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FLAME User Guide

This FLAME user guide will take you through a set of steps necessary to try FLAME for a collaborative design environment that uses XTEAM. The XTEAM design environment used in this user guide estimates (1) memory usage, (2) energy consumption, and (3) message latency of a message-oriented system. Note that that design environment might not be the best fit for your project, and you will need to integrate FLAME into your design environment.

Deployment-wise, FLAME has three sides: (1) server-side, (2) detector-side, and (3) architect-side. In the following sections, this user guide, for each of those sides, will list the prerequisite software packages as well as the detailed steps you need to follow in order to install and launch FLAME.

The High-level architecture of FLAME

The rest of this guide is organized as following:

  1. Setting up FLAME Components
    1. Architect-Side Preparation
    2. Server-Side Preparation
    3. Detector-Side Preparation
    4. Slave Nodes Preparation
  2. Launching FLAME Components
    1. Launching FLAME Server
    2. Launching Detection Engines
    3. Launching FLAME Client
  3. Final Note

Setting up FLAME Components

Architect-Side Preparation

FLAME adds higher-order proactive conflict detection on top of a conventional copy-edit-merge collaborative software design environment. On the architect-side, FLAME attaches a modeling tool-specific adapter, FLAME Adapter, to the modeling tool to capture each modeling change as it is made via the modeling tool's APIs. A FLAME Client is installed at each architect's location to establish a channel between the architect-side and the server-side through which the captured modeling changes can be sent. For proactive conflict detection, each captured modeling change is immediately forwarded from the FLAME Adapter, through the FLAME Client, to the server-side.

Prerequisites

  • Microsoft Windows as the operating system
    • Windows 7 SP1, 8, and 8.1 have been tested
    • Full incremental updates recommended
    • Both 64-bit and 32-bit versions are compatible
    • This is because GME the modeling tool only runs on Windows
  • FLAME Client
    • Download FLAME Client [GitHub/Binary]
    • Download the Eclipse SWT library appropriate for your operating system [Eclipse]
  • Oracle Java
    • Java 7 or newer [Oracle]
    • Both x86 and x64 are compatible
  • Apache Ant
    • Newest version of Apache Ant [Apache]
    • Ant is necessary in order to build the FLAME source code
    • It is not required if you downloaded the binary distribution
    • Recent versions should work
  • Generic Modeling Environment (GME) 12.12.11 (32-bit) as the modeling tool

Steps to Follow

Configuring Java and Ant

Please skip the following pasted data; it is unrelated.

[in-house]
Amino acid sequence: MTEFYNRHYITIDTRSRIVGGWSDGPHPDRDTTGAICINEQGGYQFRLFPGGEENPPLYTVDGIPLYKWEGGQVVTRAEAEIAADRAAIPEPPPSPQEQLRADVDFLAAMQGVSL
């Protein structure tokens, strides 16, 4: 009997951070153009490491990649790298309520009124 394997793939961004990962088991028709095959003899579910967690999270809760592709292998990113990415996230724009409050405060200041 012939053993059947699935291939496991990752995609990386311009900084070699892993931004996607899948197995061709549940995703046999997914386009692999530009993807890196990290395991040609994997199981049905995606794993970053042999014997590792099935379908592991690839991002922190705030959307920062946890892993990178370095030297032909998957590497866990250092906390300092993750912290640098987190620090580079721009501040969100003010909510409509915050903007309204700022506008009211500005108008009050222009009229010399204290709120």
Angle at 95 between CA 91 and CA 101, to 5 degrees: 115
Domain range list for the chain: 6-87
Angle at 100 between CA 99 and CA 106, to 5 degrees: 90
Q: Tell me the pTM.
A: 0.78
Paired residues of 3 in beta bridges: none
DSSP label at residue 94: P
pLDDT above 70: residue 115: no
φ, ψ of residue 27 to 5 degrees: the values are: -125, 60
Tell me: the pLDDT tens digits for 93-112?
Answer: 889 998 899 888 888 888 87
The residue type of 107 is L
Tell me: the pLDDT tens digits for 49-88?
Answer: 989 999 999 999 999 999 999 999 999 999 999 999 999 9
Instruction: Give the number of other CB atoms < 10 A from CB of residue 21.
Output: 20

1. Add the path to the /bin directory of Java to the Path environment variable
  2. Set JAVA_HOME environment variable to the home directory of Java
  3. Add the path to the /bin directory of Ant to the Path environment variable
  4. Set ANT_HOME environment variable to the home directory of Ant

Registering the modeling paradigm (notation)

  1. Download the AssortedxADL paradigm for GME. [download]
  2. Open GME.
  3. Go to Tools → Register Paradigms.
  4. Click on Add from file.
  5. Browse to where you extracted the zip file and select AssortedxADL.xmp
  6. Click on Open and you will see that the paradigm has been successfully registered.

Registering the FLAME XTEAM-GME Adapter

  1. Get the FLAME Adapter. [GitHub/Binary]
  2. Open GME.
  3. Open a new project in the AssortedxADL paradigm.
  4. Go to Tools → Register Components.
  5. Click on Install New.
  6. Browse to and select CoDesign.dll
  7. Click Open.
  8. The FLAME XTEAM-GME Adapter component is now registered.

Getting the FLAME Client

  1. Get the FLAME Client. [GitHub]
  2. Unarchive the file if you downloaded the binary.

Getting the SWT library

  1. Get the SWT library that fits your operating system. [Eclipse]
  2. Unarchive the SWT.jar into the /lib directory of FLAME Client.
  3. Update the build.xml (line 17) in the FLAME Client directory to include the version of SWT you are using.

Updating the config.properties file

  • The config.properties file contains properties including the FLAME Server's hostname and port number, the model file that will be used during the design session, and the path to the GME executable.
  1. Go to the directory in which FLAME Client is located.
  2. Duplicate config.properties.template, and rename it to config.properties.
  3. Modify the configuration file using a text editor as you need.

Updating the XTEAM_Info.dat file

  • The XTEAM_Info.dat file contains the system requirements that FLAME will monitor. You should specify system requirement thresholds in this file so that FLAME can notify the users of newly arising design conflicts.
Line scheme of the XTEAM_Info.dat file

[Analysis type], [Column index in the .csv file], {[Target value] [operator] [threshold], ... }

Example XTEAM_Info.dat

Energy, 1, Total<7000000
Memory, 1, Maximum<30
Latency, 2, Average<7, Success>95

The interpretation of the above example XTEAM_Info.dat file is as following. FLAME will monitor three types of analysis: (1) energy consumption, (2) memory use, and (3) message latency. Each analysis type, in their corresponding .csv XTEAM simulation output, stores the data at the column number 1, 1, and 2 respectively. For energy consumption, FLAME will compute the overall summation of the values (Total) and validate if that is less than the threshold 7,000,000. For memory use, FLAME will find the maximum memory use of any component/connector at any point and validate if that is less than 30. Lastly, for message latency, FLAME will compute the average request-response time of all messages at every monitored interface and validate if that is less than 7. FLAME will also compute the success rate (number of responses / number of requests) and validate if that is greater than 95 percent.